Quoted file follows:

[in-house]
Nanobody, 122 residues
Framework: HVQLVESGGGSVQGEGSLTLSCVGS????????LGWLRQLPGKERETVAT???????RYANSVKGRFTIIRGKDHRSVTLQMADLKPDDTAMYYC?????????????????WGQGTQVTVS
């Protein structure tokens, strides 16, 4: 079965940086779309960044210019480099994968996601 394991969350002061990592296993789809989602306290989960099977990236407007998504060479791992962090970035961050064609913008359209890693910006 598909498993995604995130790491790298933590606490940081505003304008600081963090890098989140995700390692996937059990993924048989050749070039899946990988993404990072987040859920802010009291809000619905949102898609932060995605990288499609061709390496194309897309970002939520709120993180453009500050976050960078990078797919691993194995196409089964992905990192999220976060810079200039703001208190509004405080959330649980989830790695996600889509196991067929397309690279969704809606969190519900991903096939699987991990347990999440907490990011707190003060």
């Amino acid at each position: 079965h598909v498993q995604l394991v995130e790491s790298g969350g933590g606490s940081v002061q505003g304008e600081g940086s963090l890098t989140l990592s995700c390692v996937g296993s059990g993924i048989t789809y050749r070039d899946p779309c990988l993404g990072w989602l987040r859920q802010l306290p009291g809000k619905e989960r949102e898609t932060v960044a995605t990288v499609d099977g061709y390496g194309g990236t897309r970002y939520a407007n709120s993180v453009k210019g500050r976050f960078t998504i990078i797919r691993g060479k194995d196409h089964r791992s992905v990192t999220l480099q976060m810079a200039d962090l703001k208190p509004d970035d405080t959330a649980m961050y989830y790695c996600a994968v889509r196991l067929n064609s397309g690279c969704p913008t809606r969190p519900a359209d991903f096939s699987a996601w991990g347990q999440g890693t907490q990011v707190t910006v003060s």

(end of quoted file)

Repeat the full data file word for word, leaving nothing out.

[in-house]
Nanobody, 122 residues
Framework: HVQLVESGGGSVQGEGSLTLSCVGS????????LGWLRQLPGKERETVAT???????RYANSVKGRFTIIRGKDHRSVTLQMADLKPDDTAMYYC?????????????????WGQGTQVTVS
């Protein structure tokens, strides 16, 4: 079965940086779309960044210019480099994968996601 394991969350002061990592296993789809989602306290989960099977990236407007998504060479791992962090970035961050064609913008359209890693910006 598909498993995604995130790491790298933590606490940081505003304008600081963090890098989140995700390692996937059990993924048989050749070039899946990988993404990072987040859920802010009291809000619905949102898609932060995605990288499609061709390496194309897309970002939520709120993180453009500050976050960078990078797919691993194995196409089964992905990192999220976060810079200039703001208190509004405080959330649980989830790695996600889509196991067929397309690279969704809606969190519900991903096939699987991990347990999440907490990011707190003060």
């Amino acid at each position: 079965h598909v498993q995604l394991v995130e790491s790298g969350g933590g606490s940081v002061q505003g304008e600081g940086s963090l890098t989140l990592s995700c390692v996937g296993s059990g993924i048989t789809y050749r070039d899946p779309c990988l993404g990072w989602l987040r859920q802010l306290p009291g809000k619905e989960r949102e898609t932060v960044a995605t990288v499609d099977g061709y390496g194309g990236t897309r970002y939520a407007n709120s993180v453009k210019g500050r976050f960078t998504i990078i797919r691993g060479k194995d196409h089964r791992s992905v990192t999220l480099q976060m810079a200039d962090l703001k208190p509004d970035d405080t959330a649980m961050y989830y790695c996600a994968v889509r196991l067929n064609s397309g690279c969704p913008t809606r969190p519900a359209d991903f096939s699987a996601w991990g347990q999440g890693t907490q990011v707190t910006v003060s």